A stroke is when a blood vessel is blocked by a clot or the victim has an aneurism that is bleeding out into the brain, either way, the brain is not getting the oxygen it so desperately needs to survive. A few simple tests can help determine the possibility of a stroke. Ask the person to smile; if the smile is uneven it could be a stroke. Ask them to lift their arms slowly; if one arm moves higher or faster than the other then you should be aware of a possible stroke. You can also ask them to speak a simple sentence; if they are having difficulty speaking then the possibility of a stroke is high. In any of these scenarios, you first need to contact emergency services, keep them calm and be prepared to administer first aid if they stop breathing and try to have an AED handy.
With a heart attack victim you can assist the victim to take an aspirin that will thin out the blood and allow a bit more flow, but with a possible stroke, doctors do not recommend giving aspirin because if the stroke is caused by an aneurism the aspirin could worsen the situation.
A leading cause of death among adults older than 44 years of age is cardiac arrest, which is when the heart stops pumping normally and kind of flutters in the chest. When this occurs, it is not sending blood throughout the body, especially the brain. For every minute a person is in cardiac arrest their chance of survival is decreased ten percent. After ten minutes their chance of survival is almost nothing. The best thing to help a victim of cardiac arrest is a quick assessment of the situation and beginning CPR and if available, the use of an AED.
The use of an AED can be life-saving, and with cost going down on this excellent piece of equipment, you can now find them in shopping centers, national parks and even in some homes. AEDs can more than double the chance of survival for a person experiencing cardiac arrest.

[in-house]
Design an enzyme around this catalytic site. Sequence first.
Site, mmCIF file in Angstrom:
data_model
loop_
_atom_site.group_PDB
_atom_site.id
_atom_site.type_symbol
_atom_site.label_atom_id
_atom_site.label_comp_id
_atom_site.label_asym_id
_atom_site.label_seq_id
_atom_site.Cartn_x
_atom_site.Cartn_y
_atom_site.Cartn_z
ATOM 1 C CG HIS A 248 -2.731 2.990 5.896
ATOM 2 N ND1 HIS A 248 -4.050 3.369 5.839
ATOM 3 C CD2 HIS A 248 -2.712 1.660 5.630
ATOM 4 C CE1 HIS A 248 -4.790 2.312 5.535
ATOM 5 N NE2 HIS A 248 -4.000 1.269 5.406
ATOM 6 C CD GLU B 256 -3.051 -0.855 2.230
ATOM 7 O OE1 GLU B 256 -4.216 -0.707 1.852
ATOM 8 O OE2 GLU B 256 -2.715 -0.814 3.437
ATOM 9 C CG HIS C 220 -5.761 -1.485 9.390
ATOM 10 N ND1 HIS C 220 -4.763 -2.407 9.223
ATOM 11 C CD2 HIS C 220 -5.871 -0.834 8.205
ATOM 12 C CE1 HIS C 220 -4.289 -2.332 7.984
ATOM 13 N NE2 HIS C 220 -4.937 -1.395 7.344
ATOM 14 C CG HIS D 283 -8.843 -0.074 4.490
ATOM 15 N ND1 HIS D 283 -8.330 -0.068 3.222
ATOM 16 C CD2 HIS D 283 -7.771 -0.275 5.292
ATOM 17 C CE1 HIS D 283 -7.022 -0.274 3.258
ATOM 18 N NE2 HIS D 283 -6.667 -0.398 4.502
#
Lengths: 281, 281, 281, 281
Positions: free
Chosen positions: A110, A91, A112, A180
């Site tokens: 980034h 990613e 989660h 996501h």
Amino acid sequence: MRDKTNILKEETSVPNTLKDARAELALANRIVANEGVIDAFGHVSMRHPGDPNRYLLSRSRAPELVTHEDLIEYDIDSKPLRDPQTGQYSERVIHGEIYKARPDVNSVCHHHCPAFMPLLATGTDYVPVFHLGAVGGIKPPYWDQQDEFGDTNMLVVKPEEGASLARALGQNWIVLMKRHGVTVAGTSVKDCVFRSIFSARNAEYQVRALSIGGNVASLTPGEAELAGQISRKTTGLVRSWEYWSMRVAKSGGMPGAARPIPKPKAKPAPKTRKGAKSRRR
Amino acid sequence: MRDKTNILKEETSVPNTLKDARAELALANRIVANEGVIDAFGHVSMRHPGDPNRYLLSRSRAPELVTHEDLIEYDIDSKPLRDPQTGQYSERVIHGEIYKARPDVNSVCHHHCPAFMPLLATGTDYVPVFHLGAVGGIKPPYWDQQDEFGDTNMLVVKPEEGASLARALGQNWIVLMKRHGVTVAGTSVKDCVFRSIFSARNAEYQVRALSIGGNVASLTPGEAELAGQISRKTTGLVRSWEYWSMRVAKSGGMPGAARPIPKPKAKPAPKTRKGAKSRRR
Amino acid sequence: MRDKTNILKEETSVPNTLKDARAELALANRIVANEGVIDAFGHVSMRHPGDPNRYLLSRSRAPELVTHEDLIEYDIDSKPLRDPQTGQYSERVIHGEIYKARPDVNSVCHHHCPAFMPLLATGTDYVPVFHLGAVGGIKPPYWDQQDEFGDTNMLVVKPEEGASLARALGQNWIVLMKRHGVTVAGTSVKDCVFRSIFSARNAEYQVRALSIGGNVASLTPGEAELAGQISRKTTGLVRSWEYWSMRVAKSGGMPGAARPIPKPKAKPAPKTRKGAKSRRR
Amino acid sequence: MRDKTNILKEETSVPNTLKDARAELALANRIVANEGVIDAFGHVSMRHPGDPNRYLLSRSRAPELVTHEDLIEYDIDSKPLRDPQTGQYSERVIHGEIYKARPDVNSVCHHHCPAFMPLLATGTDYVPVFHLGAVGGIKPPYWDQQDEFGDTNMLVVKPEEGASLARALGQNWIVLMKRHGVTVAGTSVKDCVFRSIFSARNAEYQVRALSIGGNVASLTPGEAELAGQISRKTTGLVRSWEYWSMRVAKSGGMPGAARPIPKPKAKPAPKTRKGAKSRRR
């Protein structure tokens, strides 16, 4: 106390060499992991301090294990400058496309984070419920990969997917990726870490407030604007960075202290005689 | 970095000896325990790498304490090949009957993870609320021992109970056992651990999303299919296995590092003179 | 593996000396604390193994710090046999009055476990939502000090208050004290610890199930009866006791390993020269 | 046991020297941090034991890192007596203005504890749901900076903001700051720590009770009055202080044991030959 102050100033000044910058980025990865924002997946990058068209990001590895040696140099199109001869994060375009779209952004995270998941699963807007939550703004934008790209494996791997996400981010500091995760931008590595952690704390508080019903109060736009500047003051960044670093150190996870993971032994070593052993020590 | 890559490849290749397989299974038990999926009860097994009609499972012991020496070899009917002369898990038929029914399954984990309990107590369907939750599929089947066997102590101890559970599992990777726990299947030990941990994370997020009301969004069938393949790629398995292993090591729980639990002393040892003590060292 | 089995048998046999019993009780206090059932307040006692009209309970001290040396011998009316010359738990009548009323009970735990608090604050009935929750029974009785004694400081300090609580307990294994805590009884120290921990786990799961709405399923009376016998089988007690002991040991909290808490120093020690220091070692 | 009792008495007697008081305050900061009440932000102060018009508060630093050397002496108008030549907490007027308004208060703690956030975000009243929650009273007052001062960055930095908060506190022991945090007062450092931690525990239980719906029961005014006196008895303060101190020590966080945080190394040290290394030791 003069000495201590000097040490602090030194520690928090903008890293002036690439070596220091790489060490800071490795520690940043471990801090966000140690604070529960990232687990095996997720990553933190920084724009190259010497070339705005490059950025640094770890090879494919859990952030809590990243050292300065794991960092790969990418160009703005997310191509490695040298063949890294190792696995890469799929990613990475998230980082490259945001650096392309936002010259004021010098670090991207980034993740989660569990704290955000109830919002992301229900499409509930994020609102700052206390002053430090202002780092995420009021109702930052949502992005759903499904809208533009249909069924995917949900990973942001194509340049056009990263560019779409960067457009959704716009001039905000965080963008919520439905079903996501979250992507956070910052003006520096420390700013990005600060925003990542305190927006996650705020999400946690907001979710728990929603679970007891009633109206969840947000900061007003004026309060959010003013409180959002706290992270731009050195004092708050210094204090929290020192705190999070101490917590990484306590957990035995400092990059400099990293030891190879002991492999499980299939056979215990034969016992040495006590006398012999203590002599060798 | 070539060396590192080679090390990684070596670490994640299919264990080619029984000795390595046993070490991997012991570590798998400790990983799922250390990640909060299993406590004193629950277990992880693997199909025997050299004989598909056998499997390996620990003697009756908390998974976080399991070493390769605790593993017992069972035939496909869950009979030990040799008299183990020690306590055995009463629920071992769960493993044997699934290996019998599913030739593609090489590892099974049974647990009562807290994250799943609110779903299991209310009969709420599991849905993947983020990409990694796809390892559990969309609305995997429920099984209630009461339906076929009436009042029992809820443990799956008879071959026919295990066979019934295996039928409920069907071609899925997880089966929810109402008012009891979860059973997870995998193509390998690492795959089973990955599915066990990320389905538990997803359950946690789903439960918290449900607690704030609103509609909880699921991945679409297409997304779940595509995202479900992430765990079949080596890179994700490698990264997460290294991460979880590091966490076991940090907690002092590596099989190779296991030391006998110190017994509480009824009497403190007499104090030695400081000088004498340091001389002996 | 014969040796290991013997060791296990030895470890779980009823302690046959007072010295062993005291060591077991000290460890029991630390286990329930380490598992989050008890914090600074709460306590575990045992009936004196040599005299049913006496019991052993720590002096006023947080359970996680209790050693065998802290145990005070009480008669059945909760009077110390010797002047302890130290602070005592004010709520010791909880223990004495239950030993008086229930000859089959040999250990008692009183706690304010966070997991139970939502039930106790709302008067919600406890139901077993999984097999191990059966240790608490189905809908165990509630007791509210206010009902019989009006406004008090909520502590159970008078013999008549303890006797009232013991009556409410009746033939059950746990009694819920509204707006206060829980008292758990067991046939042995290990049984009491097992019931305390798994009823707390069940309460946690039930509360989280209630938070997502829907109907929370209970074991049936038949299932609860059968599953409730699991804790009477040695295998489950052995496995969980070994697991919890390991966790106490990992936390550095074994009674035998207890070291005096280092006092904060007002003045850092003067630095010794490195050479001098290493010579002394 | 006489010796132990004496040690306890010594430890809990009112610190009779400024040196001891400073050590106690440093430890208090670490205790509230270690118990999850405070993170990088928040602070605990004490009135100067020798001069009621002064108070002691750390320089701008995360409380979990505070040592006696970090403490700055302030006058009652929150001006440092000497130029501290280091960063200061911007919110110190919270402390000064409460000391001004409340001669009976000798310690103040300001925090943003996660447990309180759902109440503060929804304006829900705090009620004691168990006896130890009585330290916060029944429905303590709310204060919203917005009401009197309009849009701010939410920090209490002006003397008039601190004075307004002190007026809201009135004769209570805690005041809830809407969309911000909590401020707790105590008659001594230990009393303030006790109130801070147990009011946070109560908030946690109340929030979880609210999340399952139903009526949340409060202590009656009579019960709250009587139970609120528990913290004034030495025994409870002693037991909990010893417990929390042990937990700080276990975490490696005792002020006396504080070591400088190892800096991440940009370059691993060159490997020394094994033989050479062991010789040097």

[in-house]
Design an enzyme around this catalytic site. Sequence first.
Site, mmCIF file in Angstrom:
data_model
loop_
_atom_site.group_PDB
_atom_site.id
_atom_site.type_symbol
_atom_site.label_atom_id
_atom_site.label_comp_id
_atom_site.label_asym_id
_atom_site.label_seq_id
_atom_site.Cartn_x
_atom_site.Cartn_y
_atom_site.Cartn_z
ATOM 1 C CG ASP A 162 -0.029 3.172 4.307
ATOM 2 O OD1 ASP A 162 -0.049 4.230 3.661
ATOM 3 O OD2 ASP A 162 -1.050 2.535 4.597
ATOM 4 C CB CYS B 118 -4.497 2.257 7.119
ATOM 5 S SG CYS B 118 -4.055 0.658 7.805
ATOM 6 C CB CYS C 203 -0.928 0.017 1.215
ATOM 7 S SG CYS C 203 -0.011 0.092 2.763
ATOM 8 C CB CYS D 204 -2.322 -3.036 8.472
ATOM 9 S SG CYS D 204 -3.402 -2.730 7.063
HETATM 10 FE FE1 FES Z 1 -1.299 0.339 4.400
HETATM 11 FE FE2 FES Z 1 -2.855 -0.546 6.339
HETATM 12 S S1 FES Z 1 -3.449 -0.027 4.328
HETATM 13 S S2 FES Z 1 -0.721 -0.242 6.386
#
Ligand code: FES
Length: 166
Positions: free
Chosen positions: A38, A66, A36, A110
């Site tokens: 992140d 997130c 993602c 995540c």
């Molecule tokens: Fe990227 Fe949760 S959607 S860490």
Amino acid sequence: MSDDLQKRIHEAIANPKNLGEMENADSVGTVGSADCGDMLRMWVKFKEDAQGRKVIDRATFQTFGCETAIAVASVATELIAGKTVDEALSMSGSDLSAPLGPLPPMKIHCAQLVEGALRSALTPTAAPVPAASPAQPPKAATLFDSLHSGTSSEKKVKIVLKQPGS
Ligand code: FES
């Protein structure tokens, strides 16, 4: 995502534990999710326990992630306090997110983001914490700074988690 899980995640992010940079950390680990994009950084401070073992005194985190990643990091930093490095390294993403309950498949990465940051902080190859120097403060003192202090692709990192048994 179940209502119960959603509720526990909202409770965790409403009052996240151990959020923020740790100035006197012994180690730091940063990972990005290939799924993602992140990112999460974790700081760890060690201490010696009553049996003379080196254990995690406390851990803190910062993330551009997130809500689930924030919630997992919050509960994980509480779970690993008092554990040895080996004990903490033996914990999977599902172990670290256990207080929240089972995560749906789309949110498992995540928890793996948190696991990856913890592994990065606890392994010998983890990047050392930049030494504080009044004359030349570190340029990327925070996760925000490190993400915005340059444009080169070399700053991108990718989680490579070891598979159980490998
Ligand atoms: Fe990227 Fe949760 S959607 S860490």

Of course, the best thing a person can do to be proactive: take care of yourself, eat right, if you smoke, take steps to stop smoking and get some exercise. Even with all these proactive steps you may still face problems and then the best thing to do is seek the advice of a medical professional. I know some people who are afraid to see a doctor because they fear what they may hear. Remember though, it’s what you don’t know that can kill you. Find out what may be wrong and follow their advice and take whatever steps necessary to ensure you can maintain a high quality of life for many more years. Ultrasounds of your heart, stress tests, EKGs and more can play a part in ensuring your health, and occasionally surgery may even play a part, but life is too wonderful to disregard the technological advances that have been made in the medical profession. Use the technology, see your doctor, ask questions, follow their advice and you can extend your quality of life and enjoy your family and friends for many more years.
We have four boys and nine grandkids. They mean everything to us and if nothing else I want to stick around to watch those grandkids grow and torture their parents as our boys tortured us. That alone will be worth it.